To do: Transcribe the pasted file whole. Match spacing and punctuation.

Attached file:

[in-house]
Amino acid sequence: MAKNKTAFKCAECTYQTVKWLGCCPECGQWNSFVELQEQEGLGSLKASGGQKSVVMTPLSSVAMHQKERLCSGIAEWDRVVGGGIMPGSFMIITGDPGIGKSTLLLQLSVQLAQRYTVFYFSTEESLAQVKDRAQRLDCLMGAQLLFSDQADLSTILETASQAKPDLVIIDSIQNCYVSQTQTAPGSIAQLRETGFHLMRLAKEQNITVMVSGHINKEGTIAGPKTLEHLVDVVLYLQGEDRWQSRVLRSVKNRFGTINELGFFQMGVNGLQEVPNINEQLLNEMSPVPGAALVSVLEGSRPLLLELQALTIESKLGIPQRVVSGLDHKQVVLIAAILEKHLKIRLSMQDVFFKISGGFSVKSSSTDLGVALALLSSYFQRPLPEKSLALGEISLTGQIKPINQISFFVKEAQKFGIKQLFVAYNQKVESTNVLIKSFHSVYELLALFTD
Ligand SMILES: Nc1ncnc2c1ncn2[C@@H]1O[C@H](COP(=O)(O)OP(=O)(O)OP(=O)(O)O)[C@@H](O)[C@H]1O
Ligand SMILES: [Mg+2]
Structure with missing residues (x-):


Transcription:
[in-house]
Amino acid sequence: MAKNKTAFKCAECTYQTVKWLGCCPECGQWNSFVELQEQEGLGSLKASGGQKSVVMTPLSSVAMHQKERLCSGIAEWDRVVGGGIMPGSFMIITGDPGIGKSTLLLQLSVQLAQRYTVFYFSTEESLAQVKDRAQRLDCLMGAQLLFSDQADLSTILETASQAKPDLVIIDSIQNCYVSQTQTAPGSIAQLRETGFHLMRLAKEQNITVMVSGHINKEGTIAGPKTLEHLVDVVLYLQGEDRWQSRVLRSVKNRFGTINELGFFQMGVNGLQEVPNINEQLLNEMSPVPGAALVSVLEGSRPLLLELQALTIESKLGIPQRVVSGLDHKQVVLIAAILEKHLKIRLSMQDVFFKISGGFSVKSSSTDLGVALALLSSYFQRPLPEKSLALGEISLTGQIKPINQISFFVKEAQKFGIKQLFVAYNQKVESTNVLIKSFHSVYELLALFTD
Ligand SMILES: Nc1ncnc2c1ncn2[C@@H]1O[C@H](COP(=O)(O)OP(=O)(O)OP(=O)(O)O)[C@@H](O)[C@H]1O
Ligand SMILES: [Mg+2]
Structure with missing residues (x-):